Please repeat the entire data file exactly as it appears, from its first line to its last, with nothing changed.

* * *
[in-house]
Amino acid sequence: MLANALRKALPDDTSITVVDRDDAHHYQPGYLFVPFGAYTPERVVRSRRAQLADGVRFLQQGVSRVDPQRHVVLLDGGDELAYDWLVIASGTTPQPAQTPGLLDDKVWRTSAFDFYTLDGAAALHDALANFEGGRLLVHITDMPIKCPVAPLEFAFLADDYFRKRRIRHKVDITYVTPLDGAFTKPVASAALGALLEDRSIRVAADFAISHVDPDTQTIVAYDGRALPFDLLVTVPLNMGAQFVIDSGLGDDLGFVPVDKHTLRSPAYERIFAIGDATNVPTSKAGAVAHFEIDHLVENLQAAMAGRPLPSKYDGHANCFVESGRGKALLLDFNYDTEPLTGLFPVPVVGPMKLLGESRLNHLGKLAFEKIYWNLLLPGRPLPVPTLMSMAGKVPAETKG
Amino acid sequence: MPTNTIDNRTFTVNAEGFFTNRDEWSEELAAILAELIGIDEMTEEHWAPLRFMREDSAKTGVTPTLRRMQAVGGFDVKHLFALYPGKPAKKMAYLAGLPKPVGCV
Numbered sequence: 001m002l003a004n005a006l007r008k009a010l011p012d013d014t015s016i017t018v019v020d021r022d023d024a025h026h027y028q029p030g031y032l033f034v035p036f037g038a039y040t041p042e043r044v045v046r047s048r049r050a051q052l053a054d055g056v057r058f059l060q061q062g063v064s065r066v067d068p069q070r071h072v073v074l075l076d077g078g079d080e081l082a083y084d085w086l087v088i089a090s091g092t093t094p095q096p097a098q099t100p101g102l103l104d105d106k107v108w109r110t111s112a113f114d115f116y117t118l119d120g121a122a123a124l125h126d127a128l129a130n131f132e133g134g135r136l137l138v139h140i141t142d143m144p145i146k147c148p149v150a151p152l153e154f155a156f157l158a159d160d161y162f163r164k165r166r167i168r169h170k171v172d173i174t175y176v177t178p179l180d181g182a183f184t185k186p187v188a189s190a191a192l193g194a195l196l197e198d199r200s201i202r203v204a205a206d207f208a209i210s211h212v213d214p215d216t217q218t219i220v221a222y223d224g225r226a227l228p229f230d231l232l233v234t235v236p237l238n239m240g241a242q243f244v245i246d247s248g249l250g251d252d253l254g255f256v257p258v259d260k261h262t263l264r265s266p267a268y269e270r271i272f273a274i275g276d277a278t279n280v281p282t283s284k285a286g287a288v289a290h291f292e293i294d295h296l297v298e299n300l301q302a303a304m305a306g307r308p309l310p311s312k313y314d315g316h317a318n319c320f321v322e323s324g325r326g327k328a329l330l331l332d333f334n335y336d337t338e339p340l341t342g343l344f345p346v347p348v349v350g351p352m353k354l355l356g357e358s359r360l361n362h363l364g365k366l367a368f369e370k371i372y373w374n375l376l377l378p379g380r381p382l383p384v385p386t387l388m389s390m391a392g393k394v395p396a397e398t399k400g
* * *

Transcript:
[in-house]
Amino acid sequence: MLANALRKALPDDTSITVVDRDDAHHYQPGYLFVPFGAYTPERVVRSRRAQLADGVRFLQQGVSRVDPQRHVVLLDGGDELAYDWLVIASGTTPQPAQTPGLLDDKVWRTSAFDFYTLDGAAALHDALANFEGGRLLVHITDMPIKCPVAPLEFAFLADDYFRKRRIRHKVDITYVTPLDGAFTKPVASAALGALLEDRSIRVAADFAISHVDPDTQTIVAYDGRALPFDLLVTVPLNMGAQFVIDSGLGDDLGFVPVDKHTLRSPAYERIFAIGDATNVPTSKAGAVAHFEIDHLVENLQAAMAGRPLPSKYDGHANCFVESGRGKALLLDFNYDTEPLTGLFPVPVVGPMKLLGESRLNHLGKLAFEKIYWNLLLPGRPLPVPTLMSMAGKVPAETKG
Amino acid sequence: MPTNTIDNRTFTVNAEGFFTNRDEWSEELAAILAELIGIDEMTEEHWAPLRFMREDSAKTGVTPTLRRMQAVGGFDVKHLFALYPGKPAKKMAYLAGLPKPVGCV
Numbered sequence: 001m002l003a004n005a006l007r008k009a010l011p012d013d014t015s016i017t018v019v020d021r022d023d024a025h026h027y028q029p030g031y032l033f034v035p036f037g038a039y040t041p042e043r044v045v046r047s048r049r050a051q052l053a054d055g056v057r058f059l060q061q062g063v064s065r066v067d068p069q070r071h072v073v074l075l076d077g078g079d080e081l082a083y084d085w086l087v088i089a090s091g092t093t094p095q096p097a098q099t100p101g102l103l104d105d106k107v108w109r110t111s112a113f114d115f116y117t118l119d120g121a122a123a124l125h126d127a128l129a130n131f132e133g134g135r136l137l138v139h140i141t142d143m144p145i146k147c148p149v150a151p152l153e154f155a156f157l158a159d160d161y162f163r164k165r166r167i168r169h170k171v172d173i174t175y176v177t178p179l180d181g182a183f184t185k186p187v188a189s190a191a192l193g194a195l196l197e198d199r200s201i202r203v204a205a206d207f208a209i210s211h212v213d214p215d216t217q218t219i220v221a222y223d224g225r226a227l228p229f230d231l232l233v234t235v236p237l238n239m240g241a242q243f244v245i246d247s248g249l250g251d252d253l254g255f256v257p258v259d260k261h262t263l264r265s266p267a268y269e270r271i272f273a274i275g276d277a278t279n280v281p282t283s284k285a286g287a288v289a290h291f292e293i294d295h296l297v298e299n300l301q302a303a304m305a306g307r308p309l310p311s312k313y314d315g316h317a318n319c320f321v322e323s324g325r326g327k328a329l330l331l332d333f334n335y336d337t338e339p340l341t342g343l344f345p346v347p348v349v350g351p352m353k354l355l356g357e358s359r360l361n362h363l364g365k366l367a368f369e370k371i372y373w374n375l376l377l378p379g380r381p382l383p384v385p386t387l388m389s390m391a392g393k394v395p396a397e398t399k400g